Hundreds of businesses fear being left homeless by “senseless” plans to turn their offices into a block of flats.

More than 160 firms in Premier House, in Station Road, Edgware, have been given between two weeks to six months notice to pack up and leave the building, which is owned by Reichmann Properties.

Barnet Borough Council agreed a change of use request after new laws introduced last year left it unable to refuse Reichmann Properties' appeal to turn the into flats.

Robert Davidson, the co-chairman of the Edgware Business Forum, has been running solicitors firm Davidson & Co from Premier House since 2003.

He said: “Where on earth are hundreds of businesses going to in such a short space of time? It’s devastating. We are all in the same boat as there’s a huge lack of office space.

“We set up the forum five years ago to try and reverse the decline in the high street. This building is absolutely full of vibrant businesses and effectively, we’re being told to sling our hooks.

“We’re being thrown out on the street. It’s going to affect footfall in the area. The Government has stated its intention to support small businesses – but how this fits in with that is a mystery to me.”

According to Barnet Borough Council, businesses were sent letters inviting traders to comment on the plans in May – a claim they all deny.

Chathan Shah, who owns travel agency Sona Tours, said: “I’m not sleeping at the moment, everyone’s miserable about this. It can’t be good for the area.

“It’s such a senseless thing to do. The unimaginable has happened.”

Colvin Jayasinghe, who has owned Colvin and Partners for three years, has been given six months to leave.

He said: “Nobody can understand why turning a vibrant office block into houses is a good thing. I am worried about where I’m going to go.”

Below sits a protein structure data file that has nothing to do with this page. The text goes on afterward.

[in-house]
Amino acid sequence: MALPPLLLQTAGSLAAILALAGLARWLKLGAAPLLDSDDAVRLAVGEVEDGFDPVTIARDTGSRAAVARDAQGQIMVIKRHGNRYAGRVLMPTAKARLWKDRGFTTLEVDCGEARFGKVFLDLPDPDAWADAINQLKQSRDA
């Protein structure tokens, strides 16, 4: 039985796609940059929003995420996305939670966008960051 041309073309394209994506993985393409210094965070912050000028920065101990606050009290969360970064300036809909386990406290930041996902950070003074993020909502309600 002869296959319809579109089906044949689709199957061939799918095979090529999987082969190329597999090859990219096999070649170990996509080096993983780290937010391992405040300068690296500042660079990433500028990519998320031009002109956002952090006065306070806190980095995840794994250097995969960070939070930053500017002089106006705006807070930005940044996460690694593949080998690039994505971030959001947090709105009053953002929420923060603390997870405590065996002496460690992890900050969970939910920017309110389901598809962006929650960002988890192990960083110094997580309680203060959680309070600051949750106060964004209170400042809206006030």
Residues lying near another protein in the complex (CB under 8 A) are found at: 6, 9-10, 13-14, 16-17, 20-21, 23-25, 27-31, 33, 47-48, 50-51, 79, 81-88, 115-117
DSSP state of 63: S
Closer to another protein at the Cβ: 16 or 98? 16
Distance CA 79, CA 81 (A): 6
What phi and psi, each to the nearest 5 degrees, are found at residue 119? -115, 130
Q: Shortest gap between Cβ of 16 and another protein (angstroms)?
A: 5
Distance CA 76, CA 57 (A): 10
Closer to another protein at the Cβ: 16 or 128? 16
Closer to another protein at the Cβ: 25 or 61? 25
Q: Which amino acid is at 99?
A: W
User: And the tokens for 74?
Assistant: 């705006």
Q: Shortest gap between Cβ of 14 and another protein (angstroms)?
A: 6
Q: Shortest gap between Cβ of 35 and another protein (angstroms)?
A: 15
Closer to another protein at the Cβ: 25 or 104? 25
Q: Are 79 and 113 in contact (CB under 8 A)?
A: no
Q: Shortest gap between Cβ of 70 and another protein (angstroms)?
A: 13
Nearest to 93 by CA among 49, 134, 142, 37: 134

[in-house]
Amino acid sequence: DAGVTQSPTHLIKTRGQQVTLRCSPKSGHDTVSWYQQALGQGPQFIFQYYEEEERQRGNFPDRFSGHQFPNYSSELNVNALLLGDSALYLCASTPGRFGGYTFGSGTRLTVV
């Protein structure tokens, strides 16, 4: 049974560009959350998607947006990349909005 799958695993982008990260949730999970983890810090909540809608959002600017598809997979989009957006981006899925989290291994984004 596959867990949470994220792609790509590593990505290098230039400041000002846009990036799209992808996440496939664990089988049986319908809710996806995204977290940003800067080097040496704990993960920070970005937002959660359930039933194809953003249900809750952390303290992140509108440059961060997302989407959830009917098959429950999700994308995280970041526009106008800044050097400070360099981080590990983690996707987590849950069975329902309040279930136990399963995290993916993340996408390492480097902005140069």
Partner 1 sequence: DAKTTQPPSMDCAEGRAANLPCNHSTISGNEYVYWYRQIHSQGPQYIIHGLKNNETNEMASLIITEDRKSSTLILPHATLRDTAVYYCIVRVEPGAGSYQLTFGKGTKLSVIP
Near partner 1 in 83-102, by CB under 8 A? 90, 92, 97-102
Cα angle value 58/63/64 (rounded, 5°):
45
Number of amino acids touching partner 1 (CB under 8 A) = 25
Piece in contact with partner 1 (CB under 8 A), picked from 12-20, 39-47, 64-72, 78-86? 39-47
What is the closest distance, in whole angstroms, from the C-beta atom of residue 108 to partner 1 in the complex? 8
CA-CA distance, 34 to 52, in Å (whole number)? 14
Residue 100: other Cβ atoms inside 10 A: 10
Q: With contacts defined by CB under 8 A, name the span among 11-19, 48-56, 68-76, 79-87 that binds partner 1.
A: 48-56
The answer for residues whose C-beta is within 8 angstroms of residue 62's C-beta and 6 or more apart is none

The Labour GLA member for Barnet Andrew Dismore, and Hendon's Conservative MP Matthew Offord have both met traders to discuss concerns about the plans.

Elliot Dubey, Reichmann Properties’ sales and acquisitions director, said their original plans were to develop the car park at the back of the property into housing while keeping the offices.

But he added the firm had been “rebuffed” on all occasions.

He said: “Barnet’s stance is very surprising to us, even with the severe housing shortage. Barnet has refused to enter into meaningful dialogue to create a scheme that would add a significant housing supply and give even more reason to retain the commercial use of Premier House.

“We feel in the long run, the benefits of converting the office block into residential properties will outweigh the negatives.”

He added converting Premier House into flats will create 112 reasonably priced flats in a market that is “desperate” for supply.

Under new prior approval legislation, property owners can change use from office to residential use.

Cllr Dan Thomas, deputy leader of Barnet Borough Council, said recent legislation means there are “limited grounds” on which the authority can refuse such applications.

He said: “This is one of these pieces of legislation that has the best of intentions - making it easier to convert empty business premises into much needed housing. Ideally it would be bringing new life back to high streets.

“However this council asked for an exemption from the legislation exactly because we feared that, such is the value of housing land in London, some would be tempted to bypass local authorities to convert viable business premises to housing, whether or not it is appropriate or if alternative premises are available for businesess to move to.”

The council is talking to tenants to see where it can assist with helping find new premises.